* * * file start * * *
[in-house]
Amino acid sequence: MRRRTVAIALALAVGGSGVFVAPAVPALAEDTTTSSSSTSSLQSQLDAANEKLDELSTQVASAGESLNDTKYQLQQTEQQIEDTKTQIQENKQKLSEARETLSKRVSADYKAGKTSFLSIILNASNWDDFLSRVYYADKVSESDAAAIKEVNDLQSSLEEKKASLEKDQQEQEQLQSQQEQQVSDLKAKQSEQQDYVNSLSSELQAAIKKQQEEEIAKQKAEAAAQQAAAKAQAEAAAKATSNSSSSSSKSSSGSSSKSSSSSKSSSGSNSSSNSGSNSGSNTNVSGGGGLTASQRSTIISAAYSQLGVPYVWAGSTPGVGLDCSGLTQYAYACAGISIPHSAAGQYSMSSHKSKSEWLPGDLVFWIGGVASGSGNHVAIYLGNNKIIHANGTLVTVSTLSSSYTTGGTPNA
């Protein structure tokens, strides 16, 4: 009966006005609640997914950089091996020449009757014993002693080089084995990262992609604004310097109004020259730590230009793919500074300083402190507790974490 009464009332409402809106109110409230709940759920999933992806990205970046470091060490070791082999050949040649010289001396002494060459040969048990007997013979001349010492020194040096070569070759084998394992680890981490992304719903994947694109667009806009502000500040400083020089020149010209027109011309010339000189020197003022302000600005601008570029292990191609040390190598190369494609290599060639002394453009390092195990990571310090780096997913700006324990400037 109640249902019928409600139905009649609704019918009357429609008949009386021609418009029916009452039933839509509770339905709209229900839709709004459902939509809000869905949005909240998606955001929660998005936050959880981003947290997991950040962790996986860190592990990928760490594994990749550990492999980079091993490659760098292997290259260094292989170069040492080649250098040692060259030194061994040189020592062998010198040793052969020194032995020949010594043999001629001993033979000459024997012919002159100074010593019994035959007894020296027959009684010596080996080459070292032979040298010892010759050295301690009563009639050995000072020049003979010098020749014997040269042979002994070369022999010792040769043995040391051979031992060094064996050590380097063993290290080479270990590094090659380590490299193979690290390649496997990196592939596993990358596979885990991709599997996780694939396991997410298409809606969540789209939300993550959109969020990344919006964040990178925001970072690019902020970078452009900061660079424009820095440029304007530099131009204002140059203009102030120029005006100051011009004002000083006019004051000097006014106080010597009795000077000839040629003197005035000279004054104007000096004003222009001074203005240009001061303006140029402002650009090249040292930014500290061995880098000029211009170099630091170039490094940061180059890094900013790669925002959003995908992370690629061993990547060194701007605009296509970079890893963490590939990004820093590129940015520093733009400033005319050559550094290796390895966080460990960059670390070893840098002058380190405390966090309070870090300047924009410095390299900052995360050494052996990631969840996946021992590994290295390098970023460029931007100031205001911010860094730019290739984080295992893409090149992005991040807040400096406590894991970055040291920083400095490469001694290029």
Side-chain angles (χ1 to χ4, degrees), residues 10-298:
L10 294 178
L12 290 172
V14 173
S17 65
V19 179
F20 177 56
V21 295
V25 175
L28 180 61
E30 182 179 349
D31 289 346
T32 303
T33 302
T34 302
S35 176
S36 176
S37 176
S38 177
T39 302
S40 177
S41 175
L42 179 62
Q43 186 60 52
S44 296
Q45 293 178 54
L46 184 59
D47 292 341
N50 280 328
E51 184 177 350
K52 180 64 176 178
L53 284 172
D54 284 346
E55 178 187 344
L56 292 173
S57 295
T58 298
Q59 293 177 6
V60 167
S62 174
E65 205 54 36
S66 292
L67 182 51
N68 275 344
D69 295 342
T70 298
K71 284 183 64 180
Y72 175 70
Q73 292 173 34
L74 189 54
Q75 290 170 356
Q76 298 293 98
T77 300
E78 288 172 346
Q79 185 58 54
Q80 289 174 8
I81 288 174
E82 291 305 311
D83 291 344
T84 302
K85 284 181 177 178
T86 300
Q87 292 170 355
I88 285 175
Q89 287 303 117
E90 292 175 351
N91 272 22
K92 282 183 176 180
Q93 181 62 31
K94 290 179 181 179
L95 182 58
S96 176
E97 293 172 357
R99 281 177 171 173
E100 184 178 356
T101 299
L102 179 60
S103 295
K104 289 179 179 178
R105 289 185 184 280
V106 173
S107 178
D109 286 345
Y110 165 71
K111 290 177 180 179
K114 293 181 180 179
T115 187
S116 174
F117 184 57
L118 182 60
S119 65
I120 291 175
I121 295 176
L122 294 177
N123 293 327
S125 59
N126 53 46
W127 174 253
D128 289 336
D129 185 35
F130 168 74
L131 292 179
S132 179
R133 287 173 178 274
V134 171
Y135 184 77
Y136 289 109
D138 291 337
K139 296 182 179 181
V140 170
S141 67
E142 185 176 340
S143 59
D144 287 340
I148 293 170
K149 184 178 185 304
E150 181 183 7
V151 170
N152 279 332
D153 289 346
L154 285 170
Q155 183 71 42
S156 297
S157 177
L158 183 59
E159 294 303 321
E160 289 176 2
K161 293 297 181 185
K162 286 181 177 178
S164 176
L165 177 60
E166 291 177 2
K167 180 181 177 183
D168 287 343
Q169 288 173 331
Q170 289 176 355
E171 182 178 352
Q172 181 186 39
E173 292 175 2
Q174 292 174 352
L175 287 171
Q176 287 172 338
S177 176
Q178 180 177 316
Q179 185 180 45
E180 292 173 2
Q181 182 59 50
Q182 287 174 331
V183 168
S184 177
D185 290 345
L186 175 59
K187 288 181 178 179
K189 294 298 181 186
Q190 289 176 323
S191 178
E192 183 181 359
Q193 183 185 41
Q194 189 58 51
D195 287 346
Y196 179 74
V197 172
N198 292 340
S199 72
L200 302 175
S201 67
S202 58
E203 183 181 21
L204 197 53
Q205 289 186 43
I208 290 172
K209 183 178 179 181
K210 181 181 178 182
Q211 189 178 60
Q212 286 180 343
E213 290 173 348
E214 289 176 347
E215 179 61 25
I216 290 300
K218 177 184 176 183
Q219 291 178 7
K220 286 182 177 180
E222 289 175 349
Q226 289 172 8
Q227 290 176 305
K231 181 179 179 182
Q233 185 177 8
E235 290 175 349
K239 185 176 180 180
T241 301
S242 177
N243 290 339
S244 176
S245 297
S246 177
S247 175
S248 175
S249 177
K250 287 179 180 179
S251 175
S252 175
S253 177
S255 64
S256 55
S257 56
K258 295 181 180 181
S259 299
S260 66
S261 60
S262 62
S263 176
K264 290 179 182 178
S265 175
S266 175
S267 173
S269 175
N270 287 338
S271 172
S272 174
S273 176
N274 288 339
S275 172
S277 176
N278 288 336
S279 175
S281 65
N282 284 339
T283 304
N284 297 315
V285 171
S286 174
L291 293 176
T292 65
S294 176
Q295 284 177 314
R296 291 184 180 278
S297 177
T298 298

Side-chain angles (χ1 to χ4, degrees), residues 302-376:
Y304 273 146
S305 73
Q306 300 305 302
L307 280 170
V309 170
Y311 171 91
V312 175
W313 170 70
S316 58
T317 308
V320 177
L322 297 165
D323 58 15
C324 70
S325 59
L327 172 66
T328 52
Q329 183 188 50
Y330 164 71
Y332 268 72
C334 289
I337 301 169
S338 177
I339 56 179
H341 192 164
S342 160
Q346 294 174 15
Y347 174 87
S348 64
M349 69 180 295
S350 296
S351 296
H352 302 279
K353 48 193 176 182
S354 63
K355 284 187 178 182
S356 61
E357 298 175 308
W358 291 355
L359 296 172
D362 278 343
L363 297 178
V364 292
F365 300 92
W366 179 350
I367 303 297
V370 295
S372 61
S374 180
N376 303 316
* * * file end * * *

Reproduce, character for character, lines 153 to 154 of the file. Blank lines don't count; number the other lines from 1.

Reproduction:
S184 177
D185 290 345